Louis Theroux pays moving tribute to trans woman who died after starring in his prison documentary

Louis Theroux and a trans inmate

Louis Theroux has spoken about a trans woman who died to a drug overdose a year after she was interviewed for his prison documentary.

The filmmaker had interviewed Deborah Lee Worledge in his 2007 documentary Behind Bars, which explored life in the US prison system.

At the time Deborah, who had a decades-long record of minor criminal offences, was serving a three-month sentence for robbery at San Quentin, a men’s prison in California.

When Theroux first interviewed the inmate, she was revealed to be in a loving and compassionate relationship with her cellmate, Robert.

Louis Theroux shares tragic update on trans woman featured in prison documentary.

Revisiting the documentary as part of his new series Life on the Edge, Theroux reflected: “Shortly after the interview, Deborah was released.

“She to me represented something about San Quentin, which was that very often things weren’t quite as you would expect. Nothing was quire as simple as you might imagine it would be.

“You expect brutality in prison, and violence and antagonism, so what becomes surprising is when you see something else. It’s not simply chaos, mayhem, negativity.

“If you become habituated to a certain way of living, that becomes more normal, or at least more known, than what you have on the outside.”

Louis Theroux had interviewed Deborah Lee Worledge in his 2007 documentary Behind Bars

Louis Theroux had interviewed Deborah Lee Worledge and her then-cellmate Robert in his 2007 documentary Behind Bars

He added: “The following year, after we filmed, Deborah was back inside, and then released.

“She died of a drug overdose on September 4, 2008 two days later. She is missed by many.”

Theroux continued: “She had a romantic notion of being an outlaw. She was the one who said to me: ‘It’s like in the movies. there’s cops and there’s robbers, and we’re the robbers.’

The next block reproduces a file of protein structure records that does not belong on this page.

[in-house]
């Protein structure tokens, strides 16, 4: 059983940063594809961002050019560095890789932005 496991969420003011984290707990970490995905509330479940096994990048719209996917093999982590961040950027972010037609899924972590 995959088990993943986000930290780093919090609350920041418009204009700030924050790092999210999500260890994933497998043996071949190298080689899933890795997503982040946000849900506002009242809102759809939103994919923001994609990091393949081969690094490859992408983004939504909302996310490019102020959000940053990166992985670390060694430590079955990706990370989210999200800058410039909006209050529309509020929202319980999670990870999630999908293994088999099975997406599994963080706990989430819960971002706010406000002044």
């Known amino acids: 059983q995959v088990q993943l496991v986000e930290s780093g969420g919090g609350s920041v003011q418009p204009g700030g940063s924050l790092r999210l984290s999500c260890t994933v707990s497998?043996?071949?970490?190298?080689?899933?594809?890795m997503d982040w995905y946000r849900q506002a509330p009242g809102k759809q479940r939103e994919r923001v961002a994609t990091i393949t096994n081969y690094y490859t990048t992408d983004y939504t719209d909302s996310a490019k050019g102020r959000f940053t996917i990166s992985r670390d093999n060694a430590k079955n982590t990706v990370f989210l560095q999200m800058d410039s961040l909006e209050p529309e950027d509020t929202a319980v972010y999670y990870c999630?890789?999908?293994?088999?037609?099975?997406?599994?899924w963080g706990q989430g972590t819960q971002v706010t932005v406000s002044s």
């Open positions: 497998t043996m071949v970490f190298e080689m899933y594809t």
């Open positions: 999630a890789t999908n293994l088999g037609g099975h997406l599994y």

“She seemed to have seen the streets as a more accepting place than, as it were, mainstream society. There’s a kind of self-respect in the aspect of street code.

“It might seem self-destructive, but in other ways it’s the best they can do in the situation they’re in.”

Deborah Lee Worledge: ‘Today’s a different day’.

The new documentary features a short clip of Deborah speaking to photographer Robert Gumpert in 2008, shortly before her death.

In the full clip, she expresses her hope that as trans people become more accepted in society, they would have a route to a better life.

She says: “Years ago back in the 80s, when t****ies were growing up and coming of age, there was no place for us in society and we were kind of put out on the fringes of society.

“We were allowed by society to be the hookers late at night, do little petty crimes, be little petty drug dealers, but we were never allowed to be in somebody’s business, to represent their business standing at the counter.

“The real safe place for us was out there on the streets, in the little underworld or whatever you want to call it, being petty criminals, coming in and out of jails and stuff.

“I’ve done a nine year term, and a 13 year term back to back in prison behind. Growing up out there on the street.

“Today’s a different day, though, because now transsexuals are in the non-profits, and they’re being allowed to become functioning members of the community, things are becoming much more accepted.

“We’re not all Jerry Springer. And I feel pretty confident about the upward movement of my community, and proud to be a part of it.”

Louis Theroux has previously said that he regrets parts of the original 2007 documentary, which referred to Deborah by her birth name and used male pronouns for her during voice-over segments.

He explained to UniLad that since the documentary series was filmed, “it feels like the world’s moved on and all cultural norms have changed”.

He said: “It feels like maybe there’s moments that don’t feel quite right, or feel like they would be phrased differently now.

“There’s moments where because of the nature of sensitivities now, and how much more educated we are, the conversation would take place in a different way.”

The long-serving BBC filmmaker has frequently touched on LGBT+ issues in his work, from documenting the hate-fuelled homophobia of the Westboro Baptist Church to exploring some of the issues facing transgender kids.